The marriage of knowledge produced in research environments with the experimental platforms of American agricultural, extraction and manufacturing industries is critical to national competitiveness and self-sufficiency. Energy security is national security. Food security is national security. Industrial competitiveness – economic self-sufficiency and manufacturing know-how – is a matter of national security. And national identity.
America: A Culture of independence and interdependence
Lately, discussions of inequality most often arise in the context of social justice; however, the motivation for undertaking regional economic development is not social justice. Rather, it is derived from American identity. Beyond national security, the drive for self-sufficiency is a hallmark of national identity: American culture.
American culture is fiercely independent because of the strength of its domestic interdependence. The ideal of the yeoman farmer epitomizes the American virtues of hard work and self-reliance that today characterize the entrepreneurs and small business people that drive this country.
Factory, mine, oil field, construction and maintenance workers have historically formed the backbone of American competitiveness. Identification with this cultural identity weaves a fabric of American interdependence as a component of national identity.
By “living off the fat” in recent years, while industrial infrastructures and productive capacities were compromised, America lost the driving force of innovation in America.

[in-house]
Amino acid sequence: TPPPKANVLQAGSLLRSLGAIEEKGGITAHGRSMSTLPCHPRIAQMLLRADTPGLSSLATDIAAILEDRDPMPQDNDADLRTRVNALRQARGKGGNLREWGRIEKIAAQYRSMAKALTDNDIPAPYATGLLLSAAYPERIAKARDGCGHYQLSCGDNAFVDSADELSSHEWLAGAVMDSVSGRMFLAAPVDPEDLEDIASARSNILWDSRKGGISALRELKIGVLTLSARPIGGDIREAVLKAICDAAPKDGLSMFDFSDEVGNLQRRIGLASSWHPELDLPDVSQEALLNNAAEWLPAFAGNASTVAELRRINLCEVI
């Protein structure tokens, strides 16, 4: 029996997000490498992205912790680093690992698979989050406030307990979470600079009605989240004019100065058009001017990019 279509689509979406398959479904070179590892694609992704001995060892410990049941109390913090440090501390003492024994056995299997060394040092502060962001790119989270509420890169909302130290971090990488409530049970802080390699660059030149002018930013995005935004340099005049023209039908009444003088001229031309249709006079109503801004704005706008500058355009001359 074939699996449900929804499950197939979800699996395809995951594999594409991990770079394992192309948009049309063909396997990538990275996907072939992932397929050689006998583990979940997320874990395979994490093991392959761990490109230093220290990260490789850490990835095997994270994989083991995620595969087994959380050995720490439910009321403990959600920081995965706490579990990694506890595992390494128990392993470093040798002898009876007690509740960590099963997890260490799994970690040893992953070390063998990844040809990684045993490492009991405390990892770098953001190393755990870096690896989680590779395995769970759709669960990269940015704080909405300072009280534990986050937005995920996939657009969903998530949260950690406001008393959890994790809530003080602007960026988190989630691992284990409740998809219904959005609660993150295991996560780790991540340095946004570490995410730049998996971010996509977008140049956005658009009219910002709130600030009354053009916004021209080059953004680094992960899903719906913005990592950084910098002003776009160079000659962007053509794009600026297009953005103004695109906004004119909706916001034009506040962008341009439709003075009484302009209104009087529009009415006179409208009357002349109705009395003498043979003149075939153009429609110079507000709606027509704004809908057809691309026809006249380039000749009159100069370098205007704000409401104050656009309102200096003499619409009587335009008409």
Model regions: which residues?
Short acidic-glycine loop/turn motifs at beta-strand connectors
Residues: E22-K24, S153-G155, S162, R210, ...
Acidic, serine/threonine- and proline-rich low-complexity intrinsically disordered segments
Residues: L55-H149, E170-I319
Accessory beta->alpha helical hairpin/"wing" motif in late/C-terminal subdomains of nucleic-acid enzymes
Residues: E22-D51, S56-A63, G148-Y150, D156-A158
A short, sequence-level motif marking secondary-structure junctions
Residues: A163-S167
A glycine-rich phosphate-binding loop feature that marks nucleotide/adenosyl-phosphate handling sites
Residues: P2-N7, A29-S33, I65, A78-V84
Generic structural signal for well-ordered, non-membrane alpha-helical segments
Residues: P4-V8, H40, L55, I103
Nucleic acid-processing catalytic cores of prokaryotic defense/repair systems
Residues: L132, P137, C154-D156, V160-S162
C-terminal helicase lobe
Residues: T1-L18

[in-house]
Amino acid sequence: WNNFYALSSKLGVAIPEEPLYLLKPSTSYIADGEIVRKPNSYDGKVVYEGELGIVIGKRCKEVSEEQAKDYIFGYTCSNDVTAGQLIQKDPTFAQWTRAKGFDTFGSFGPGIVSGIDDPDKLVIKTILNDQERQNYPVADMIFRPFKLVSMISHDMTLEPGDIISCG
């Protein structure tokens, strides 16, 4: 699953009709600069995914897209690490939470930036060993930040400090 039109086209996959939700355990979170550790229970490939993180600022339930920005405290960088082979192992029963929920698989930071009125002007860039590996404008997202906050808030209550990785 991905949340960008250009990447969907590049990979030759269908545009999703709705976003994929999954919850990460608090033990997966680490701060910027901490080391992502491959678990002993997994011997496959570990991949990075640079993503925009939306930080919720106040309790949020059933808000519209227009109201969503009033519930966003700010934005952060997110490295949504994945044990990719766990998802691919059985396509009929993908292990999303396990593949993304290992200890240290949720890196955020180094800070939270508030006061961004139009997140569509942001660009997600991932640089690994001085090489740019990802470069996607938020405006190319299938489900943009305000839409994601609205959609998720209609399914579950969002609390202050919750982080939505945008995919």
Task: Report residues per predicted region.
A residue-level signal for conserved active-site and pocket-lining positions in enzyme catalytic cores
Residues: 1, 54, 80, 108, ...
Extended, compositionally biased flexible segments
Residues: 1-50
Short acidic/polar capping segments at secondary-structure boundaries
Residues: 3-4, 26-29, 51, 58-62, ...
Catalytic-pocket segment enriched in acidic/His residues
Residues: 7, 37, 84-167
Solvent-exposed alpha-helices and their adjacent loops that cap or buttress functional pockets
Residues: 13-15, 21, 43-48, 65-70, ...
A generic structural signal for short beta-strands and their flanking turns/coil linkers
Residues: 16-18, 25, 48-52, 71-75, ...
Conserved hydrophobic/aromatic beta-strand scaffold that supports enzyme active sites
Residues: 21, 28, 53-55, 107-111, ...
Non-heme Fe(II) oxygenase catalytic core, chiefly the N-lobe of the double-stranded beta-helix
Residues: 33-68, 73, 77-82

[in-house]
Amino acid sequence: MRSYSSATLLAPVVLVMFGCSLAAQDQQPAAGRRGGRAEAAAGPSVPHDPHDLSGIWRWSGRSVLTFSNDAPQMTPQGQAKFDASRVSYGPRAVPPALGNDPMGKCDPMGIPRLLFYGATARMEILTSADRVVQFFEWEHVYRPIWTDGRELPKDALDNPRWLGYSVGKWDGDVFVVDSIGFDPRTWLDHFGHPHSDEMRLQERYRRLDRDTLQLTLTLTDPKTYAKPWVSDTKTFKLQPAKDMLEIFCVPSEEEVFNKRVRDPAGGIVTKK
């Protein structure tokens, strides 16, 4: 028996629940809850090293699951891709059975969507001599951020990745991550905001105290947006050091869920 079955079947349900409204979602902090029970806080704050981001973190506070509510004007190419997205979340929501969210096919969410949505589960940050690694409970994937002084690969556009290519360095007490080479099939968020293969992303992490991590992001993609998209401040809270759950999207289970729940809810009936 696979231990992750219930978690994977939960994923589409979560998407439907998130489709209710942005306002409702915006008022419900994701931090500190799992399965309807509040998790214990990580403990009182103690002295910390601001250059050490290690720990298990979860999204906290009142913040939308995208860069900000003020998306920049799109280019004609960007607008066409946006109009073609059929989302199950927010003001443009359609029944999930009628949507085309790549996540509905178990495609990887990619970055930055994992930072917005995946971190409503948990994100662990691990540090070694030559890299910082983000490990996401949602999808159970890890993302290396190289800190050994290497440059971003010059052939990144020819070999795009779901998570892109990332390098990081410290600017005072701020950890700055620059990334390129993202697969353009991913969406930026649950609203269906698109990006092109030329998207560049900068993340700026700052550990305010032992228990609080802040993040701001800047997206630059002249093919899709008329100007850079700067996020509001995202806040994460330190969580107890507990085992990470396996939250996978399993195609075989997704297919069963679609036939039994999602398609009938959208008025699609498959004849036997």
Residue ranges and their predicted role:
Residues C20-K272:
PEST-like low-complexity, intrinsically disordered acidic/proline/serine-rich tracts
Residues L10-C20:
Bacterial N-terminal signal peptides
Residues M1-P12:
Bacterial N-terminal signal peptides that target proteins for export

It is in this way that America’s “great divergence” represents a compromise of American cultural integrity.
In Hillbilly Elegy, the New York Times bestseller, J.D. Vance illustrates the links between Appalachian culture and socioeconomic crisis. Although the prevailing narrative focused on economic distress, Vance rightly notes the isolation of people and their alienation from their culture and environment. Solutions to the problem of the great American divergence derive from people connected and emplaced.
Our next post does a deeper dive into the concepts of connectivity and emplacement, discussing how both robust communication and situated innovativeness are the foundations of health ecosystems. We show how ecosystem takes on the meaning of a situated network that helps innovators plant their ideas so that they take root, grow and bear fruit in combination with others.
Bush, Vannevar. Science, The Endless Frontier. Report to the President, Office of Scientific Research and Development, United States Government Printing Office, Washington: National Academies Press, 1945.
Longman, Phillip. “Bloom and Bust.” Washington Monthly, November/December 2015.
Vance, J.D. Hillbilly Elegy. New York: Harper, 2016.